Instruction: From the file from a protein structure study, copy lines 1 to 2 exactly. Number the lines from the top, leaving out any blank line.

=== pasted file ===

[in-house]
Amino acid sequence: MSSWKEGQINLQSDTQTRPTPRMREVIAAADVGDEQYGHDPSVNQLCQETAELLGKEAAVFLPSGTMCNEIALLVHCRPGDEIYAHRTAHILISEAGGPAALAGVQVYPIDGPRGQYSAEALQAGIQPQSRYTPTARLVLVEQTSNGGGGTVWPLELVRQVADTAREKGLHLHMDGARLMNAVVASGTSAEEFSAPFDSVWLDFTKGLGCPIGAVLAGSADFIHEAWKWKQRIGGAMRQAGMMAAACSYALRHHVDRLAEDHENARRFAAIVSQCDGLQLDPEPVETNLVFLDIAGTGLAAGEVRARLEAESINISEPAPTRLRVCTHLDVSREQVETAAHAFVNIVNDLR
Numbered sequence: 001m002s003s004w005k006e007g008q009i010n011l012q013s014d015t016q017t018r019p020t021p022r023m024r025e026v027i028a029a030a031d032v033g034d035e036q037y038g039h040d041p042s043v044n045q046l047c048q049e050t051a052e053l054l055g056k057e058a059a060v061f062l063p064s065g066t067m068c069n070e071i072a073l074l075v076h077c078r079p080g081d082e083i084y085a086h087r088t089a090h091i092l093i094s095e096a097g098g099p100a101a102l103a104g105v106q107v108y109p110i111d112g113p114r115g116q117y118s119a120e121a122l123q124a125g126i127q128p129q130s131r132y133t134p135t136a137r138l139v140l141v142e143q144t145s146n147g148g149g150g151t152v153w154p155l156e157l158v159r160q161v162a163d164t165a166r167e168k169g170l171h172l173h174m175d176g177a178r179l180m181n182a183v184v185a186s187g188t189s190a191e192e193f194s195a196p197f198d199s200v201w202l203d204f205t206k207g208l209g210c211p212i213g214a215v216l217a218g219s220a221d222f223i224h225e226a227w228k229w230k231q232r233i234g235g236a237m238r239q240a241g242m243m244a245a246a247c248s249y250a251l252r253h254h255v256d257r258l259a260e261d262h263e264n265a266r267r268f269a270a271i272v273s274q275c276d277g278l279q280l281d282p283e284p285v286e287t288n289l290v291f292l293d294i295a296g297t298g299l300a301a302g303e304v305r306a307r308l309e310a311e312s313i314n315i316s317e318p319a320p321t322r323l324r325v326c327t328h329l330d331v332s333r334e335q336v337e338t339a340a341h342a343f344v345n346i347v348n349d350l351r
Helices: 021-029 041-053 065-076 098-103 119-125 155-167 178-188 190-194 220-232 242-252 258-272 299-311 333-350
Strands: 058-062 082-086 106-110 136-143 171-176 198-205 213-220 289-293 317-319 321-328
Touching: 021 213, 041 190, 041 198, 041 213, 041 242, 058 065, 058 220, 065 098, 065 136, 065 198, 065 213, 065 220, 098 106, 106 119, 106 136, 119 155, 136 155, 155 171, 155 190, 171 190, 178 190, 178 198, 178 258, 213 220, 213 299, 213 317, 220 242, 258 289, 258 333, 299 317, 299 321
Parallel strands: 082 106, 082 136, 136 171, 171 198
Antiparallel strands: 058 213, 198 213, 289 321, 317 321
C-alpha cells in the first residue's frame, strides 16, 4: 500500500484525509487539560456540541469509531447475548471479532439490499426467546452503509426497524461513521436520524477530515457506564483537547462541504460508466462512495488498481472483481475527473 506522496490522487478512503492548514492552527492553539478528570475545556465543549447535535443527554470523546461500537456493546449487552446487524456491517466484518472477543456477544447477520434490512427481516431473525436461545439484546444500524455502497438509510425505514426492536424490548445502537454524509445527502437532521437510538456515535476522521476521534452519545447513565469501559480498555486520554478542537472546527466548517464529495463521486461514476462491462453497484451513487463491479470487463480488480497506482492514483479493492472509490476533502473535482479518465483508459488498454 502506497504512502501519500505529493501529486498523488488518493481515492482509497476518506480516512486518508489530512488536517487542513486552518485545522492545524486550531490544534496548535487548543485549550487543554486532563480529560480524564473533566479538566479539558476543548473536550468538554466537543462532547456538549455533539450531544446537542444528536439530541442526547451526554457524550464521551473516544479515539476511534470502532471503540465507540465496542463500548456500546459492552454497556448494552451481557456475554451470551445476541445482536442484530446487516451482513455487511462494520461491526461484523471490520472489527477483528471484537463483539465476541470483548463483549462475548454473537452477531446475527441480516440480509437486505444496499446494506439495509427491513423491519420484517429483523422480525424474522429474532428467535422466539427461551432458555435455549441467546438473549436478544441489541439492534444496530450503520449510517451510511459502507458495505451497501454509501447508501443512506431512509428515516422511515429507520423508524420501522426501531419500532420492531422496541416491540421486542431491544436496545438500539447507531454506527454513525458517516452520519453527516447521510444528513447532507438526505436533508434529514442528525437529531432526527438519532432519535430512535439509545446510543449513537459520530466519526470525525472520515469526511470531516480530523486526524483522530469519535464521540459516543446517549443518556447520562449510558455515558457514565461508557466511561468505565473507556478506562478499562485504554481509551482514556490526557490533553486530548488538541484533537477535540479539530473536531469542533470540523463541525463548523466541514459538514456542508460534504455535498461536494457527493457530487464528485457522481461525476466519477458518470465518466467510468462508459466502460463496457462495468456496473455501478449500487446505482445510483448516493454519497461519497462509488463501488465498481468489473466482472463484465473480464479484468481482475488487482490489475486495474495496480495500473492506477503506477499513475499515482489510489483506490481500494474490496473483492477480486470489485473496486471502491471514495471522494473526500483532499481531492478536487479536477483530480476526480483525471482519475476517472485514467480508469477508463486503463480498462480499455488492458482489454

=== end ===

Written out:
[in-house]
Amino acid sequence: MSSWKEGQINLQSDTQTRPTPRMREVIAAADVGDEQYGHDPSVNQLCQETAELLGKEAAVFLPSGTMCNEIALLVHCRPGDEIYAHRTAHILISEAGGPAALAGVQVYPIDGPRGQYSAEALQAGIQPQSRYTPTARLVLVEQTSNGGGGTVWPLELVRQVADTAREKGLHLHMDGARLMNAVVASGTSAEEFSAPFDSVWLDFTKGLGCPIGAVLAGSADFIHEAWKWKQRIGGAMRQAGMMAAACSYALRHHVDRLAEDHENARRFAAIVSQCDGLQLDPEPVETNLVFLDIAGTGLAAGEVRARLEAESINISEPAPTRLRVCTHLDVSREQVETAAHAFVNIVNDLR